The company describes itself as “an online jobs marketplace connecting music Producers and vocalists,” and this seems like perfect phrasing. Many a Producer has been stuck keeping a track instrumental or working with a sub-par singer simply because they didn’t already know anybody who would be a good fit, or perhaps because they didn’t think they could afford to pay a talented vocalist to sing on a new composition. Vocalizr aims to end this thought process and the website is a perfect place online for singers and music makers to meet up and collaborate. Many of the Producers and singers are new to the game, so it’s not really about making or spending a lot of cash but rather about gaining experience and finishing what could go on to become a viral single highlighting the unique talents of both artists.
While schools, employers, and future artists will certainly be impressed you can write something wonderful entirely solo, it’s also important to learn how to work alongside others, especially since it’s the way the industry seems to be trending.
Splice is by far one of the most innovative (and coolest) startups in the music space, and while many musicians can make good use of its technology, the company is focused primarily on the electronic space. If you are creating, or if you want to create electronic tunes of any kind, this is a great place to get started and to find everything you could ever need.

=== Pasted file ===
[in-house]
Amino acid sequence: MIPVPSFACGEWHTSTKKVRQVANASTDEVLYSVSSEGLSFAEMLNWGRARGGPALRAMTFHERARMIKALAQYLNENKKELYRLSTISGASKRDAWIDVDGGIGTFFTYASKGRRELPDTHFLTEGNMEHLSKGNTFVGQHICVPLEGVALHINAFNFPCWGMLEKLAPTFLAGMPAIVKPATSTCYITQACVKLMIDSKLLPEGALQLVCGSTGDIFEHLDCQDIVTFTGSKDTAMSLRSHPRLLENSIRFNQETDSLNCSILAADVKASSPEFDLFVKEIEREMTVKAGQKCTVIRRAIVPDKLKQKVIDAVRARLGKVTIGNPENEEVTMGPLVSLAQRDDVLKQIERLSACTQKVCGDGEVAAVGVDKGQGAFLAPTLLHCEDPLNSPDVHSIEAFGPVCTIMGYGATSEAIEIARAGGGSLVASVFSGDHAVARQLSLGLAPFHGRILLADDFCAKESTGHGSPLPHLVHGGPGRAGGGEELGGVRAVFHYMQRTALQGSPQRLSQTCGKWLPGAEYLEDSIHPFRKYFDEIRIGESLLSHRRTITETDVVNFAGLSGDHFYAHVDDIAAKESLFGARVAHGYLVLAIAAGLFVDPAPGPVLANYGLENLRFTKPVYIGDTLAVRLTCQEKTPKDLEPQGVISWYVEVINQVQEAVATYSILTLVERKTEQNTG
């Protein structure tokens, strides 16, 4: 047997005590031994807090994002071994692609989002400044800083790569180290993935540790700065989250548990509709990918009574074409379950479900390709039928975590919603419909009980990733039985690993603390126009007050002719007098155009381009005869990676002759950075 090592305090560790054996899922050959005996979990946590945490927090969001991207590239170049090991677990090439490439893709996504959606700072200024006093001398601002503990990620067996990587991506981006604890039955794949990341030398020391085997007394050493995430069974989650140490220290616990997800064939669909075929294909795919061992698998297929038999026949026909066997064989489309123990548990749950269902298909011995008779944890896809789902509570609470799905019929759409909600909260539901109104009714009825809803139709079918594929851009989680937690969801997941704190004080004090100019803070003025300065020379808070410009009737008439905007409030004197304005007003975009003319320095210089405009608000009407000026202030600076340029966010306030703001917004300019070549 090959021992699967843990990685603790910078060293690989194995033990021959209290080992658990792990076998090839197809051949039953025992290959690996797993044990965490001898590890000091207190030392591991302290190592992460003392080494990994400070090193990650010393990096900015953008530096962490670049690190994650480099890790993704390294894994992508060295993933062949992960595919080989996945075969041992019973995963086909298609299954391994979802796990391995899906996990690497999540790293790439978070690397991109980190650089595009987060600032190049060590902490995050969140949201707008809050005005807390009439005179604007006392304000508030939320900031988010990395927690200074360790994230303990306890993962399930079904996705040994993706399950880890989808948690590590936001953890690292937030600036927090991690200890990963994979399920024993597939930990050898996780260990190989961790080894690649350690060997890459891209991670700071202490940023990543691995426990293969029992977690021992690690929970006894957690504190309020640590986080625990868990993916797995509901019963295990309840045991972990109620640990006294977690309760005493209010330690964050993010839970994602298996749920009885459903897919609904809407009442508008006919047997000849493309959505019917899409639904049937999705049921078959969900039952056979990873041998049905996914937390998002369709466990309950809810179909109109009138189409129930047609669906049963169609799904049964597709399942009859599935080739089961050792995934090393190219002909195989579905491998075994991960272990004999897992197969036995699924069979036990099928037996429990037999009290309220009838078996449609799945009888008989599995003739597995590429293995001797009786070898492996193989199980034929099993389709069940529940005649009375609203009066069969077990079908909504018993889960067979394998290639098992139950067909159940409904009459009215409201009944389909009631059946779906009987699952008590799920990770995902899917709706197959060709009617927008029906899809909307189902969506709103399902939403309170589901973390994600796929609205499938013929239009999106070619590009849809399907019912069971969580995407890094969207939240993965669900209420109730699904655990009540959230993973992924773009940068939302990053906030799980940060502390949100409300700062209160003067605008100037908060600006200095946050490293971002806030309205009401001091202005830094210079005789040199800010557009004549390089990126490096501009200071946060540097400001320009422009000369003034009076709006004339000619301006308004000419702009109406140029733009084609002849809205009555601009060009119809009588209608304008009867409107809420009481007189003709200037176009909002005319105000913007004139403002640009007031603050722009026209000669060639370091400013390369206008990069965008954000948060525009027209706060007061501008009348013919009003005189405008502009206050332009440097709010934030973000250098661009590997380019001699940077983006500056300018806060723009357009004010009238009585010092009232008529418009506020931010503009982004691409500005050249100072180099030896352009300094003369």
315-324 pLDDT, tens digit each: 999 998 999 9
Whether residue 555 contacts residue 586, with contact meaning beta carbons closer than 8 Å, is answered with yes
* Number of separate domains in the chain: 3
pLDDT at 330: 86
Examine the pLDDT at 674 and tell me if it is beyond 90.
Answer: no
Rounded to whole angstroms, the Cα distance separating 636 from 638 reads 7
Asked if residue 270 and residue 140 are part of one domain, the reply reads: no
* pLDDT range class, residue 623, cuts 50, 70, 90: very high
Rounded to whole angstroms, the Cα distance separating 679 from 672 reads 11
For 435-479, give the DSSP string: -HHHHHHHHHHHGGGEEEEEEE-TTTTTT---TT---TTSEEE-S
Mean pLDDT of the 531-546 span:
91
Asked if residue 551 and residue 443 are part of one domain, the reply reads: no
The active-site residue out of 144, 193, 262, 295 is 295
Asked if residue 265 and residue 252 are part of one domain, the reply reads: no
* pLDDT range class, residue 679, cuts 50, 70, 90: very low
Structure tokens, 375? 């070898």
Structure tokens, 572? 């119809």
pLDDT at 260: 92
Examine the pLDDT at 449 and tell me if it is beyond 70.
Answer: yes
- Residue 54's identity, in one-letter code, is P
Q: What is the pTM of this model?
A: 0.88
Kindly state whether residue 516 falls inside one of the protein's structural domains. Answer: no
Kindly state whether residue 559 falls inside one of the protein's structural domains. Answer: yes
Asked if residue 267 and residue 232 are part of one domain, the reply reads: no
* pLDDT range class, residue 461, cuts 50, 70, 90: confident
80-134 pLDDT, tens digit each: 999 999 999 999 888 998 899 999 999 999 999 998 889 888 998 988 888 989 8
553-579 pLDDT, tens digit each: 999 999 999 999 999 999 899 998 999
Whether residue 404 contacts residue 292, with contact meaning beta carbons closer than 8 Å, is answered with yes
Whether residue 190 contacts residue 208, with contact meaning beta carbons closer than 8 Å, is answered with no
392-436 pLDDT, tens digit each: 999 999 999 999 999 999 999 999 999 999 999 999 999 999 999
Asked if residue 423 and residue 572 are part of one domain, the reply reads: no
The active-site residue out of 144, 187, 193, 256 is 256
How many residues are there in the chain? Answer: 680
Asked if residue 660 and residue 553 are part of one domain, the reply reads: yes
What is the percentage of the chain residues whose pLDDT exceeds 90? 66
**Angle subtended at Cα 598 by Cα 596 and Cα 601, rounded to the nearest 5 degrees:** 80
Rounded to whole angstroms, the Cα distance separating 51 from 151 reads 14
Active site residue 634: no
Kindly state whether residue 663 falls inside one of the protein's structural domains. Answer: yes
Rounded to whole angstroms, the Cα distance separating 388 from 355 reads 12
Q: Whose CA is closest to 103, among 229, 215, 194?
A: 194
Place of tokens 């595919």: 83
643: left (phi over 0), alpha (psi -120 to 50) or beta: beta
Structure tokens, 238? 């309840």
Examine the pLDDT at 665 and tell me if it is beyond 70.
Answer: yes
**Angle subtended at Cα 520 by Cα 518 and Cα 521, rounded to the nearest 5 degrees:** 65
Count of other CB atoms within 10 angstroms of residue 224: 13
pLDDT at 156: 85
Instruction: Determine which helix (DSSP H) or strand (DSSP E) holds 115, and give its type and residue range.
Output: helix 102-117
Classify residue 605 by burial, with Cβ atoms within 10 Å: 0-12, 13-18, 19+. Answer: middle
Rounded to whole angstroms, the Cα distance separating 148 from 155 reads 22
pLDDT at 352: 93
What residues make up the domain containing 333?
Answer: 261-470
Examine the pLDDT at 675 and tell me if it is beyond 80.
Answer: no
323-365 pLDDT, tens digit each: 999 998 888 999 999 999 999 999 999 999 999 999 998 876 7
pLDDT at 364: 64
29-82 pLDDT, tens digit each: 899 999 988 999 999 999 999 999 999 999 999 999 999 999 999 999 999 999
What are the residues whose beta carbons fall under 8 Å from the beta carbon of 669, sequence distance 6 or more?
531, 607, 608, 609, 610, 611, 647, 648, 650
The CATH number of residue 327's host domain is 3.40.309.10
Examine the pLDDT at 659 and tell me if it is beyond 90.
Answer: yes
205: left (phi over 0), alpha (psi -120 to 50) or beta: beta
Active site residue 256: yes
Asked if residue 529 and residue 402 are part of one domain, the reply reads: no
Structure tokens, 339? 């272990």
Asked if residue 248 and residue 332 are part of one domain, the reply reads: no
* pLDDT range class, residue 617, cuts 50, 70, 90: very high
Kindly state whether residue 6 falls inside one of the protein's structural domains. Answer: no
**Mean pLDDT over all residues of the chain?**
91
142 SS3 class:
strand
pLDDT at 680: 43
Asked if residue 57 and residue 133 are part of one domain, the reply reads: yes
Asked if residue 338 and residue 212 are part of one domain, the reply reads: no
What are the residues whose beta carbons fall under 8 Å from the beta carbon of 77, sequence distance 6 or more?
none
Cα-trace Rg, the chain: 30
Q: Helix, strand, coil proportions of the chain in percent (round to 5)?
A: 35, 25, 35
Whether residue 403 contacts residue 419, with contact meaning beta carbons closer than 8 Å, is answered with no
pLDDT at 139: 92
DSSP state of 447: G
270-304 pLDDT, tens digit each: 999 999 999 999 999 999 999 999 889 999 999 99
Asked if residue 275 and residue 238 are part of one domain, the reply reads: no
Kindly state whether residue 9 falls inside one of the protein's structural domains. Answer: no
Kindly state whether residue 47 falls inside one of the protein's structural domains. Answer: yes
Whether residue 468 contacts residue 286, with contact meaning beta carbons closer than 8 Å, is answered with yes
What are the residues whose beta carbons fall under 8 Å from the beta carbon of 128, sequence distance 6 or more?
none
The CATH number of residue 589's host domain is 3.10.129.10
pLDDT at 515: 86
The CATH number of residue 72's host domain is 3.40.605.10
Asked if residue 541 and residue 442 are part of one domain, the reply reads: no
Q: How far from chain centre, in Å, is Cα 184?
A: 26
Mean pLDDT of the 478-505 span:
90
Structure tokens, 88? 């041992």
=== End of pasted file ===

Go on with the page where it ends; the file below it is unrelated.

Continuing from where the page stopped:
The NYC-based firm allows musicians to get feedback on what they’ve been working on at any stage of the creation process and to collaborate with others. The site also features an enormous library of free samples, while others can be purchased one-by-one for a fraction of what a sample pack -— which could be completely bogus or could feature the perfect sounds or words —- would normally run. You can now also rent-to-own software and there is even a subscription model where those who use a lot of samples (likely because they are creating a lot of music) can have free reign over a ton of effects and such.
Much of the money poured into Splice from creators goes back out the door to those who actually made the sounds, synths, loops, and samples themselves, so even the youngest of artists can feel great about using Splice.
Of all the companies I’ve mentioned above, ProCollabs might be the broadest and the one trying to do the most. It’s a general platform the encourages collaboration between musicians, singers, and Songwriters of all kinds, but what really makes it worth at least checking out is much-needed transparency and info regarding licensing opportunities and publishing info. Making songs is wonderful and making new musical friends is certainly a bonus, but what about after it’s all done? Where does the money come in? ProCollabs seems to be focused a bit more on the business than the art, which might be helpful when it comes to earning a few dollars or at least learning how this side of the music biz operates.